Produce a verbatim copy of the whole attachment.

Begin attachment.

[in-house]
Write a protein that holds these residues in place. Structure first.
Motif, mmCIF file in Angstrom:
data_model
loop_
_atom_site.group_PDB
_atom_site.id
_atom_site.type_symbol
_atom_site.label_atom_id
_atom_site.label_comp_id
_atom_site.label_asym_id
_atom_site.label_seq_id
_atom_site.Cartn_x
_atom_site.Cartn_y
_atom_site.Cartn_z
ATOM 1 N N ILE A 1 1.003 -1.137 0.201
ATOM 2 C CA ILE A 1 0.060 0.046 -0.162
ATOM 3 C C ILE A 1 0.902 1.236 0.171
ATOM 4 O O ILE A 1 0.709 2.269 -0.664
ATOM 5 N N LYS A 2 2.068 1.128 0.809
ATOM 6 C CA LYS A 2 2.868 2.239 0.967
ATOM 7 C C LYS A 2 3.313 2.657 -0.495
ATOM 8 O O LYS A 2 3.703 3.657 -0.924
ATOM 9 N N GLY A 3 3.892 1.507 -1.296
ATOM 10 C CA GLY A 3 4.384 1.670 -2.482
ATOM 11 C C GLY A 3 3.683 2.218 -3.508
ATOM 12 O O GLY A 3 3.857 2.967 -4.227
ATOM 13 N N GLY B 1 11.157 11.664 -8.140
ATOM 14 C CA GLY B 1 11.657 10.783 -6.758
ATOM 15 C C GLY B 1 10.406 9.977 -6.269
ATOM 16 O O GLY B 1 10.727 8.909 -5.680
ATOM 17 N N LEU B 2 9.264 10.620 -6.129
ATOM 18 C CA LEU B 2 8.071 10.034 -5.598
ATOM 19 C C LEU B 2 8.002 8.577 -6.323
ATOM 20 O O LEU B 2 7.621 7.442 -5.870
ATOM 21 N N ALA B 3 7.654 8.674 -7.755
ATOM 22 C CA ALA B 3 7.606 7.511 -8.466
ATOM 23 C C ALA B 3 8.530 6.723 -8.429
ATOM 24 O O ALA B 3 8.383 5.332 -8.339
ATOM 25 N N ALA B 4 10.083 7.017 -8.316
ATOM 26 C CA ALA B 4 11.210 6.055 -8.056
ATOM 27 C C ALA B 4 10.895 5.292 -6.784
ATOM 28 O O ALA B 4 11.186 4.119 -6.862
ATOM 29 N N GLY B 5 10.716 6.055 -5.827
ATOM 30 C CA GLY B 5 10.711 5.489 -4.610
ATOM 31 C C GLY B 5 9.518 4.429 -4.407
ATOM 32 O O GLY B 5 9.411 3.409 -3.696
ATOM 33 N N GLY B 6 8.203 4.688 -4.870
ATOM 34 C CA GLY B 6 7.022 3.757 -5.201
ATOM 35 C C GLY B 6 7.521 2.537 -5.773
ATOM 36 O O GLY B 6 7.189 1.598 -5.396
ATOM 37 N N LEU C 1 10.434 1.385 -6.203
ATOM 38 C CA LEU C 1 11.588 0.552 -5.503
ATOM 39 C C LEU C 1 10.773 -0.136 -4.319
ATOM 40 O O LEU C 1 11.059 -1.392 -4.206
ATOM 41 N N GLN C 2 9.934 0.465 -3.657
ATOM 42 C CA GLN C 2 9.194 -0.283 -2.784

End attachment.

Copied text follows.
[in-house]
Write a protein that holds these residues in place. Structure first.
Motif, mmCIF file in Angstrom:
data_model
loop_
_atom_site.group_PDB
_atom_site.id
_atom_site.type_symbol
_atom_site.label_atom_id
_atom_site.label_comp_id
_atom_site.label_asym_id
_atom_site.label_seq_id
_atom_site.Cartn_x
_atom_site.Cartn_y
_atom_site.Cartn_z
ATOM 1 N N ILE A 1 1.003 -1.137 0.201
ATOM 2 C CA ILE A 1 0.060 0.046 -0.162
ATOM 3 C C ILE A 1 0.902 1.236 0.171
ATOM 4 O O ILE A 1 0.709 2.269 -0.664
ATOM 5 N N LYS A 2 2.068 1.128 0.809
ATOM 6 C CA LYS A 2 2.868 2.239 0.967
ATOM 7 C C LYS A 2 3.313 2.657 -0.495
ATOM 8 O O LYS A 2 3.703 3.657 -0.924
ATOM 9 N N GLY A 3 3.892 1.507 -1.296
ATOM 10 C CA GLY A 3 4.384 1.670 -2.482
ATOM 11 C C GLY A 3 3.683 2.218 -3.508
ATOM 12 O O GLY A 3 3.857 2.967 -4.227
ATOM 13 N N GLY B 1 11.157 11.664 -8.140
ATOM 14 C CA GLY B 1 11.657 10.783 -6.758
ATOM 15 C C GLY B 1 10.406 9.977 -6.269
ATOM 16 O O GLY B 1 10.727 8.909 -5.680
ATOM 17 N N LEU B 2 9.264 10.620 -6.129
ATOM 18 C CA LEU B 2 8.071 10.034 -5.598
ATOM 19 C C LEU B 2 8.002 8.577 -6.323
ATOM 20 O O LEU B 2 7.621 7.442 -5.870
ATOM 21 N N ALA B 3 7.654 8.674 -7.755
ATOM 22 C CA ALA B 3 7.606 7.511 -8.466
ATOM 23 C C ALA B 3 8.530 6.723 -8.429
ATOM 24 O O ALA B 3 8.383 5.332 -8.339
ATOM 25 N N ALA B 4 10.083 7.017 -8.316
ATOM 26 C CA ALA B 4 11.210 6.055 -8.056
ATOM 27 C C ALA B 4 10.895 5.292 -6.784
ATOM 28 O O ALA B 4 11.186 4.119 -6.862
ATOM 29 N N GLY B 5 10.716 6.055 -5.827
ATOM 30 C CA GLY B 5 10.711 5.489 -4.610
ATOM 31 C C GLY B 5 9.518 4.429 -4.407
ATOM 32 O O GLY B 5 9.411 3.409 -3.696
ATOM 33 N N GLY B 6 8.203 4.688 -4.870
ATOM 34 C CA GLY B 6 7.022 3.757 -5.201
ATOM 35 C C GLY B 6 7.521 2.537 -5.773
ATOM 36 O O GLY B 6 7.189 1.598 -5.396
ATOM 37 N N LEU C 1 10.434 1.385 -6.203
ATOM 38 C CA LEU C 1 11.588 0.552 -5.503
ATOM 39 C C LEU C 1 10.773 -0.136 -4.319
ATOM 40 O O LEU C 1 11.059 -1.392 -4.206
ATOM 41 N N GLN C 2 9.934 0.465 -3.657
ATOM 42 C CA GLN C 2 9.194 -0.283 -2.784